How History Made The Constitution


For all the language seeking to assure a legislative process free from executive coercion, the Constitution expresses even more strongly the widespread American fear that a national legislative body acting either by itself or in concert with a President turned Cromwell would destroy individual liberties.

A hint that the framers feared legislative tyranny more than executive despotism lies in the placement, within the constitutional text, of the great guarantees. The prohibition of religious tests appears in Article VI, the Constitution’s statement of national supremacy, and the jury right and the limitation of treason appear in the judiciary Article III. All the rest come in the legislative Article I. Oddly enough, nothing in the presidential Article II expressly restricts the executive.


The focus on a potentially mischievous legislature makes sense, considering the governmental format the Constitution created. Although they sharply separated the executive branch from the legislative, and although they gave the President immense powers—in the eighteenth century only monarchs simultaneously commanded both the army and the navy—the framers established an executive totally dependent on the legislature for everything but the definition of his office and the right to hold it.

No constitution could gain acceptance unless it addressed the widespread fear, well represented among the delegates, that a strong central government would permit the swift eradication of the states themselves, as well as of every citizen’s personal liberty. “My principal objection,” said George Mason of Virginia (who ultimately refused to sign), “is, that the Confederation is converted to one general consolidated government, one of the worst curses that can possibly befall a nation....The question then will be, whether a consolidated government can preserve the freedom and secure the great rights of the people.”

The instrument best calculated to effect this cataclysm was the standing army. “In despotic governments,” wrote the anti-Federalist “Brutus” (who was Robert Yates, a renegade New York delegate to the convention), standing armies “have always proved the destruction of liberty, and are abhorrent to the spirit of a free republic.”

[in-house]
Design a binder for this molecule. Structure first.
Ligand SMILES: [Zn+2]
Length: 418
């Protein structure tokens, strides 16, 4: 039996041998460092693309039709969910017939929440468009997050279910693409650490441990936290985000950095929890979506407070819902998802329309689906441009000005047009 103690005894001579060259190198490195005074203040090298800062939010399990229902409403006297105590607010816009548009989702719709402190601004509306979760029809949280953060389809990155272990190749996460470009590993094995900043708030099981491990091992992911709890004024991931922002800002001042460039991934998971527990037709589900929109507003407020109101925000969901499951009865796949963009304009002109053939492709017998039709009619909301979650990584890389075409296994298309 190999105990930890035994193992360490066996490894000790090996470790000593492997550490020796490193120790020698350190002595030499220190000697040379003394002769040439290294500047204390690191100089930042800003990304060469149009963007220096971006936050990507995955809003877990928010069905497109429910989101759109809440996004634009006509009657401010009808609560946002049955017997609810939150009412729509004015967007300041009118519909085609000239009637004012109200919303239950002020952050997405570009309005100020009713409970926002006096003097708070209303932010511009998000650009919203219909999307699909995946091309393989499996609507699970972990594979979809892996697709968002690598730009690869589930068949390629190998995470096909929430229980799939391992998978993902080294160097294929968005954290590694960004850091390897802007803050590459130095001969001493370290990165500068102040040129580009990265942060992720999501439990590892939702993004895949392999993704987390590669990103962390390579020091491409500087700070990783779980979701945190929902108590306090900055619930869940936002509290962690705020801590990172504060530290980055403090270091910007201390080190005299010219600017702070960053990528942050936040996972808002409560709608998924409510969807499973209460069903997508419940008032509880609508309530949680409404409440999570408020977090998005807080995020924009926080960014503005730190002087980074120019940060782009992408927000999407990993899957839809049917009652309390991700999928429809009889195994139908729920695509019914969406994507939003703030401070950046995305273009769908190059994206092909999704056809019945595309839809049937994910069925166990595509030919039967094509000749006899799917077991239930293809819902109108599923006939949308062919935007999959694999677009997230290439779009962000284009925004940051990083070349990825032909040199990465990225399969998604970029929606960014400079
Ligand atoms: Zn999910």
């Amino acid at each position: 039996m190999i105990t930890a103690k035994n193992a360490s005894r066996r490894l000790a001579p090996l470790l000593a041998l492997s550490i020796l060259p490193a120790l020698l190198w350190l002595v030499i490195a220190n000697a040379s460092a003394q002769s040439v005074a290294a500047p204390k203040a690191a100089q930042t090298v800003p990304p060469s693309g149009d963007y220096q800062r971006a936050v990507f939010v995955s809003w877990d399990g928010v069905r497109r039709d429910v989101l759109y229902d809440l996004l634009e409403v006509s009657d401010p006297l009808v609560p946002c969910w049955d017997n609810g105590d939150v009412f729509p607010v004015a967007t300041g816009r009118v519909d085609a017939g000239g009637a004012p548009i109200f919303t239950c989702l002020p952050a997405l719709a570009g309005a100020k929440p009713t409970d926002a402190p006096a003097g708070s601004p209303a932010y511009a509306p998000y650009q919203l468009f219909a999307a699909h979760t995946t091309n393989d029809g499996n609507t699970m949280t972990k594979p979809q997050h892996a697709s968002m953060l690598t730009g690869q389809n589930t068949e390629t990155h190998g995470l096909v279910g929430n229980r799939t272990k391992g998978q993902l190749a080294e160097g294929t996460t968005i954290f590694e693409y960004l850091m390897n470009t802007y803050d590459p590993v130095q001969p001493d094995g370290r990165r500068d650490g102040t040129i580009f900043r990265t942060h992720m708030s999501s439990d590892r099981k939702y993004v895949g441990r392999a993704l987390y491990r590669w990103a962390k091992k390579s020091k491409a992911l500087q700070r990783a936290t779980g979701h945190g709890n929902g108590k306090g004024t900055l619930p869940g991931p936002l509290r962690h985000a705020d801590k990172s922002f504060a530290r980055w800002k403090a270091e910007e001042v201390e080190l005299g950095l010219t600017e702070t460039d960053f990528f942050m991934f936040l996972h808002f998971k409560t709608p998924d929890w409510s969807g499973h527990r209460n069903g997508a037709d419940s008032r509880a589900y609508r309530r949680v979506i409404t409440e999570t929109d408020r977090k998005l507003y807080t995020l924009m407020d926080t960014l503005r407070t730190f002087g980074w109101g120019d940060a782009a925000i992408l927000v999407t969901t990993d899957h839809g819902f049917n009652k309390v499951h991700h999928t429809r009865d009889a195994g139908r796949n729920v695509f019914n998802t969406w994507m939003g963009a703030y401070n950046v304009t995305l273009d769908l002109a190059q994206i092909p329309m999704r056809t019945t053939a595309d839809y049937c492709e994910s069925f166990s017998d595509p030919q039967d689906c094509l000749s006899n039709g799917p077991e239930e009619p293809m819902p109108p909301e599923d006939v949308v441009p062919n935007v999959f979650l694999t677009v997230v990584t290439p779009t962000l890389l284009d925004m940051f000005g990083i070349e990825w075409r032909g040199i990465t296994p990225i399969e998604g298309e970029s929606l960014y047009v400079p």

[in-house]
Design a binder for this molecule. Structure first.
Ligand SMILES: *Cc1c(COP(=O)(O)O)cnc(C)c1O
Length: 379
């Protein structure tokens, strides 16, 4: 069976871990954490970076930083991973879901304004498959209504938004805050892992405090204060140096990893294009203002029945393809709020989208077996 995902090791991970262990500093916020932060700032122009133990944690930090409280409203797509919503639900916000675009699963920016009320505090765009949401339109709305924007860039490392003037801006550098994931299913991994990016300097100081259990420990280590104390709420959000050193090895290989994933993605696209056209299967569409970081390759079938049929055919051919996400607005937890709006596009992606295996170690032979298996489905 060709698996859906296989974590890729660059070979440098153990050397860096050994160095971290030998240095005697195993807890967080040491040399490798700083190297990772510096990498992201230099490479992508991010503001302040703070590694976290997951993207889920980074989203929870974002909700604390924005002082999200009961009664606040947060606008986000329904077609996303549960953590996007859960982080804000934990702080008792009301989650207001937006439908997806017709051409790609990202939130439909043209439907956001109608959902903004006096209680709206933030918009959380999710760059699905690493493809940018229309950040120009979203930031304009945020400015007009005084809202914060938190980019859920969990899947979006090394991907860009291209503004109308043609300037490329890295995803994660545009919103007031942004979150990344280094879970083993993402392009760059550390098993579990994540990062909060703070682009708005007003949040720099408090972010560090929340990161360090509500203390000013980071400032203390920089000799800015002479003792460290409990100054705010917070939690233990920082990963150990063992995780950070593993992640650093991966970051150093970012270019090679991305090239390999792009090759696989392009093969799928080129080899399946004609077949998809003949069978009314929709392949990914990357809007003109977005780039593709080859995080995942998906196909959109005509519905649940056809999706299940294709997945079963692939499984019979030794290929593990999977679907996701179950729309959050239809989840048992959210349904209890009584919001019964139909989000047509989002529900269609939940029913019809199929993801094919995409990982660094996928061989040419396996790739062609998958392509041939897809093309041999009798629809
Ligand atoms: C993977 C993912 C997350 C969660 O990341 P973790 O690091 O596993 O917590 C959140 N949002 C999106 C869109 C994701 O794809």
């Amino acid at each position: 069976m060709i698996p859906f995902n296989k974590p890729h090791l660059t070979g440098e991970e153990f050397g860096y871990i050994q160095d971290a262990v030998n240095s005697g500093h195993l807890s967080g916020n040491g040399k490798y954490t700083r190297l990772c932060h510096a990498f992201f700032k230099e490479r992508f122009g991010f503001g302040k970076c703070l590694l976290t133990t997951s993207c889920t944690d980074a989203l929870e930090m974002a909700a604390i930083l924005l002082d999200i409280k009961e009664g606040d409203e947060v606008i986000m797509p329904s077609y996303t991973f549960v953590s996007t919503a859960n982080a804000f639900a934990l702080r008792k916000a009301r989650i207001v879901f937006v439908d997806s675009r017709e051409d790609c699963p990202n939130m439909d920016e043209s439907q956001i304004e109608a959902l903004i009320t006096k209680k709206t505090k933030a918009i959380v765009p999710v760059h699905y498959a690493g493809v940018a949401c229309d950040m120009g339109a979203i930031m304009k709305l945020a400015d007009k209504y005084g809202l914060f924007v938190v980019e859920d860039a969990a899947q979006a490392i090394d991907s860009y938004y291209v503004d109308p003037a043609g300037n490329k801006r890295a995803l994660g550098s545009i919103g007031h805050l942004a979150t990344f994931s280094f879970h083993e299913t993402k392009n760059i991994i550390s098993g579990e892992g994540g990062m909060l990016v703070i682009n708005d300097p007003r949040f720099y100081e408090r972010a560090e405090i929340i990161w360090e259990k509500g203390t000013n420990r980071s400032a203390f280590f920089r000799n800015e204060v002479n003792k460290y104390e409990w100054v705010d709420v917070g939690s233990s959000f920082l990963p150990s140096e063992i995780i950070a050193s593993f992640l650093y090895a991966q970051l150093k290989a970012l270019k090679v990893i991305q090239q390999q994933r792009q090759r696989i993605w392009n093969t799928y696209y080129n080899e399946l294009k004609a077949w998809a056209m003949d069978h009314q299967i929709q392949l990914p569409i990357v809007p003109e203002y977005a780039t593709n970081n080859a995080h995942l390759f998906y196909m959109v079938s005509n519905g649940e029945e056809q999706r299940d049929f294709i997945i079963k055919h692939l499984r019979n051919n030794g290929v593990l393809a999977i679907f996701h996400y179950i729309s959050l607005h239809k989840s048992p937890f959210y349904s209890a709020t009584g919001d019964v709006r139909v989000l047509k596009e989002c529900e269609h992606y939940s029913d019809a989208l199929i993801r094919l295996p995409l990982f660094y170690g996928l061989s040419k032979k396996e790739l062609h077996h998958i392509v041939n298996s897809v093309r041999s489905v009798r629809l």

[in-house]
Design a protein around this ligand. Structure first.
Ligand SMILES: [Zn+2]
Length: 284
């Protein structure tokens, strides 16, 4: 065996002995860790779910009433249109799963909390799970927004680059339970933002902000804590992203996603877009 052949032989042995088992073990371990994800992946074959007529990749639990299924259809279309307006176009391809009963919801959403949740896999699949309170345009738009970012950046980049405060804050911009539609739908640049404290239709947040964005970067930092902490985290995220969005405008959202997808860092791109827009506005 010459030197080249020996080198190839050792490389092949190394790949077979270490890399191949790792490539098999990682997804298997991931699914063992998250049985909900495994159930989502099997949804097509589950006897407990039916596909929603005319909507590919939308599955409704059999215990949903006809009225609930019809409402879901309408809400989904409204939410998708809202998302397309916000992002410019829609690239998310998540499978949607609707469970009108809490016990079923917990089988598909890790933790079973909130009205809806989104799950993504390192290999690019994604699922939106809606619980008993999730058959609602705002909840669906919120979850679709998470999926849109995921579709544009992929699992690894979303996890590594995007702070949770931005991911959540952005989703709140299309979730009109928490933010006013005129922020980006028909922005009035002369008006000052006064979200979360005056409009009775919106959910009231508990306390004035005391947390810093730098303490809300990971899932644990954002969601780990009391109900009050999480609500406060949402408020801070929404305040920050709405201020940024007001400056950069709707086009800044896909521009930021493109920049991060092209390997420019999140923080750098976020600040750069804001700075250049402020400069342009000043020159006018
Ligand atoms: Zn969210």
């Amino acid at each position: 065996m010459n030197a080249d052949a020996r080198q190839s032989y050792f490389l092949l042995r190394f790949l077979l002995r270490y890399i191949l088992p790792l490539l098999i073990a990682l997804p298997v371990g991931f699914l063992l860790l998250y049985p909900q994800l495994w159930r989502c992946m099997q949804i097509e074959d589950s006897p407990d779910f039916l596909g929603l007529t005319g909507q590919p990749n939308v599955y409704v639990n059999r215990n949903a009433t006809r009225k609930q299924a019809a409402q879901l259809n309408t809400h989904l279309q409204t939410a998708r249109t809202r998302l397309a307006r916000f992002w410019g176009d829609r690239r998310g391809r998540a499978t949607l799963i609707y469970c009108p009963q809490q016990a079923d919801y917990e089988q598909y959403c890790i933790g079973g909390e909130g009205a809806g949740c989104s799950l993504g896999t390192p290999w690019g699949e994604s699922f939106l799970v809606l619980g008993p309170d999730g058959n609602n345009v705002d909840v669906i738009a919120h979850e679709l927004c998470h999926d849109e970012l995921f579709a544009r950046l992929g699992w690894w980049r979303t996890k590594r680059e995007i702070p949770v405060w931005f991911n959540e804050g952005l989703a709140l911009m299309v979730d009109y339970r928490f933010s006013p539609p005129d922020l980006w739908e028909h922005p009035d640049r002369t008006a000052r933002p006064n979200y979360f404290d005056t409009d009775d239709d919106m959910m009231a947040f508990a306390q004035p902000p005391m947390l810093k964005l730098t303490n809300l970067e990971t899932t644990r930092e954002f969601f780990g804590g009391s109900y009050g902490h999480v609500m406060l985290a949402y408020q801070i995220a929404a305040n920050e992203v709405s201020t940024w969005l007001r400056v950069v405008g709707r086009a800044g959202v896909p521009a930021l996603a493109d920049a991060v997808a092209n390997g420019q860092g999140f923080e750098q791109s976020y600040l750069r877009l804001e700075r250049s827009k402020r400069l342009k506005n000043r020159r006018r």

Thomas Jefferson, no enemy to the Constitution as it emerged from the convention, nonetheless wrote to Madison from Paris bemoaning “the omission of a bill of rights providing clearly and without the aid of sophisms, for [among other things] protection against standing armies.”

English seventeenth-century history, the pre-Revolutionary American pamphlets, and that emotionally overplayed street scuffle called the Boston Massacre had by 1787 made the very concept of a professional army the most widely perceived social and political threat. Charles II had “kept in pay” an army of five thousand; James II had (so it was argued) raised the number to thirty thousand. Accurate or not, the perception was ineradicable. “The President, in the field, at the head of his army,” cried Patrick Henry, “can prescribe the terms on which he shall reign master....” Even Madison agreed that “as armies in time of peace are allowed on all hands to be an evil, it is well to discountenance them by the Constitution....”

With habeas corpus, liberty’s most important guarantee, no one could be illegally jailed.

Yet the reality of America’s situation, surrounded as it was by possessions of the three greatest European powers, demanded military preparedness to a degree more reliable than the individual states’ militias. “Preparations for war are generally made in peace,” New Jersey’s Jonathan Dayton, the youngest member, told the convention, “and a standing force of some sort may, for aught we know, become unavoidable.”

The solution the delegates reached was typical of the many compromises that underlay the final draft: Congress could “raise and support Armies,” but no military appropriation could cover a term longer than two years. Thus every Congress would have an opportunity to bring the military to fiscal heel.

The tenor of their debates and the text of the document they produced clearly show the framers to have regarded the Constitution itself as limiting congressional power. Recognizing the probable popular demand for a bill of rights, they nonetheless determined not to include prohibitory language on those matters that they believed Congress constitutionally incapable of legislating.

Certain areas trenching on individual liberty could, however, conceivably lie within Congress’s discretion; as for those, the framers, in the historian Irving Brant’s apt formulation, “created a partial Bill of Rights.”

Foremost among these was the question of habeas corpus. Meaning in Latin “bring the body,” habeas corpus was a writ (a court order) commanding anyone who held someone else in custody to bring the confined person to court, where a judge could determine the legality of the confinement.

Although the writ had been a part of English law for centuries, its application had not been smooth. In 1627, for example, an English court ruled that a custodian could legally justify the confinement by showing that he held the prisoner at the king’s special command.